Wednesday, 30 October 2013

Spooky Isles Review - Asylum (1972)

Another review from this blog's own creator on The Spooky Isles. Why not pop along, have a read and maybe leave a comment / like on Facebook.

Monday, 28 October 2013

Pop over and meet our great friends at The Spooky Isles

Please pop over to the The Spooky Isles website where, amongst other great articles and reviews, you'll find this blog's very own author reviewing the 1939 classic The Dark Eyes of London.

Clicky the link to visit the site.

Wednesday, 23 October 2013

Trashy Trailers #11

In celebration of the Troma-tic week I've had so far (see what I did there!?)
CSAFR brings you this weeks Trashy Trailer straight from the wheelie bin of Tromaville.

Tromeo & Juliet

Friday, 18 October 2013

Escape from Tomorrow

If I'm being totally honest, it really doesn't matter what the storyline of Escape from Tomorrow is about because the story behind the filming will be what sells it to an audience. For those who do not know, Escape from Tomorrow is a bizarre fantasy-psychological horror, the majority of which was shot in and around Disney World and Disneyland in the US. The key point about all this is that the filmmakers did not have permission from Disney to film within their parks (or indeed distribute the film post-production) and so the cast and crew simply paid to enter the park each day and, under the guise of just being a normal family on a day out, set about filming all the scenes they needed as tourist went about their normal vacations around them.

The film centers around Jim, a family man, and his wife and two children. Jim is stressed because he has a whole world of troubles waiting for him when he gets home from his holiday so decides to make the most of his last day at Disney. From here, things start to get a little Lynchian, with It's a Small World figures faces twisting into ghoulish grins and even his own son transforming before his eyes (see the still form the trailer above).

Whilst the film is fairly slow-paced, it does allow us to witness Jim's slide into apparent madness in minute detail. The use of monochrome through is beautiful and adds a malevolence to the Disney park that would otherwise not be available had the director gone with a full colour film. The cast actually do very well with the bizarre situation they must have found themselves in and play their parts well, especially the two children who succeed in both being normal annoying small children and creepy aryan-esque characters.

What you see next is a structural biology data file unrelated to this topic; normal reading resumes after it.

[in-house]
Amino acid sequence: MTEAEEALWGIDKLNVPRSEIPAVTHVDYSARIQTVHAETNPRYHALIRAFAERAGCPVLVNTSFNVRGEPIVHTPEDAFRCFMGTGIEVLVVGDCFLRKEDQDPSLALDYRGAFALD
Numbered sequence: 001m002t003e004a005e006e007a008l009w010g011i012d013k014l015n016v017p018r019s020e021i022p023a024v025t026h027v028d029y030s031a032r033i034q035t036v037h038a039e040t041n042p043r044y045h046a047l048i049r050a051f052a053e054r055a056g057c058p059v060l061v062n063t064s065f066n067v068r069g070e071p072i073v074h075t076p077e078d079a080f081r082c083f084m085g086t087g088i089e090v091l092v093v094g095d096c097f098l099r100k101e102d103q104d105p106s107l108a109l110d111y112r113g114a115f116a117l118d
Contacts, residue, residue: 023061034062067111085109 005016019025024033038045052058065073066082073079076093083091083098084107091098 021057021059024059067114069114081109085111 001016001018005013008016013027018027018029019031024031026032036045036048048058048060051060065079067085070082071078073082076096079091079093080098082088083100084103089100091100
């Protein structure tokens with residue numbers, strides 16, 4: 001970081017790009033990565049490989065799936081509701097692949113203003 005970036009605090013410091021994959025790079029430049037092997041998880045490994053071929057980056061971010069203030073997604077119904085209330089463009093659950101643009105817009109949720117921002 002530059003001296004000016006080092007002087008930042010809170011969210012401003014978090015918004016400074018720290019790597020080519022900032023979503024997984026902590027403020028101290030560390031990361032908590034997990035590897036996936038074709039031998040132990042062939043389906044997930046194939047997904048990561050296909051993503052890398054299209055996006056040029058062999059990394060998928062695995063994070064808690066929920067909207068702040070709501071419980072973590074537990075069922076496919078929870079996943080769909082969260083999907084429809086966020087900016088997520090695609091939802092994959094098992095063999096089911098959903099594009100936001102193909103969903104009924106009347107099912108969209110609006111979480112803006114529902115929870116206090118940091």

If I were to pick out one flaw with this film, it would be the last 20 minutes or so, where we are completely immersed into the sci-fi/horror element of the film and it is obvious we are no longer in the theme park but on a set. I found myself becoming so used to seeing the sites and sounds of Disney that I found it a little jarring when suddenly we were so obviously no longer in the park, but maybe this is just a personal issue rather than one which will be troublesome to all viewers.

Providing that Disney do not suddenly go all out to pull the plug on this film (I'm sure the Distributors breathe a sigh of relief each day when a letter from them doesn't arrive on their doormat!) then this has the potential to become somewhat of a cult-classic down the line, if not for the film's story, then certainly for the voyeuristic value alone.

Wednesday, 16 October 2013

Trashy Trailers #10

This week's Trashy Trailer features zombies, sex and violence. 
The three key ingredients of every staple diet!  

Carl's Alternative Film Reviews brings you: 

Johnny Sunshine Maximum Violence

Video (like all the others on here!) NSFW.

Friday, 11 October 2013


Cherrybomb sees the cream of young British talent (Rupert Grint, Robert Sheehan & Kimberley Nixon) as young, bored and slightly sex-starved Irish teens desperate to rebel against authority in this story-heavy flick. Those hoping for action or over-the-top scenes may find that this film is a little conversation-heavy, but actually, what it lacks in action it more than makes up with creativity and great scriptwriting.

It was refreshing to see a film in which the director(s) actually direct, relying on technique and invention rather than effects and which the actors truly looks like they've thrown themselves into their characters, creating true chemistry, especially between Grint and Nixon). Cherrybomb was funny when it needed to be, touching at times and dark at all the right moments without ever over-complicating the story development.

I have heard some compare this film to Skins, with his stark portrayal of teen-angst but I think this comparison doesn't do Cherrybomb justice. Every aspect just seems to work and that's a rare treat and a fabulous tick in the box of British film-making. Yes, it's simple and yes, it's slow-paced but the combination of great performances, beautiful visuals and uncompromising realism makes it delightful  and original addition to home-grown cinema.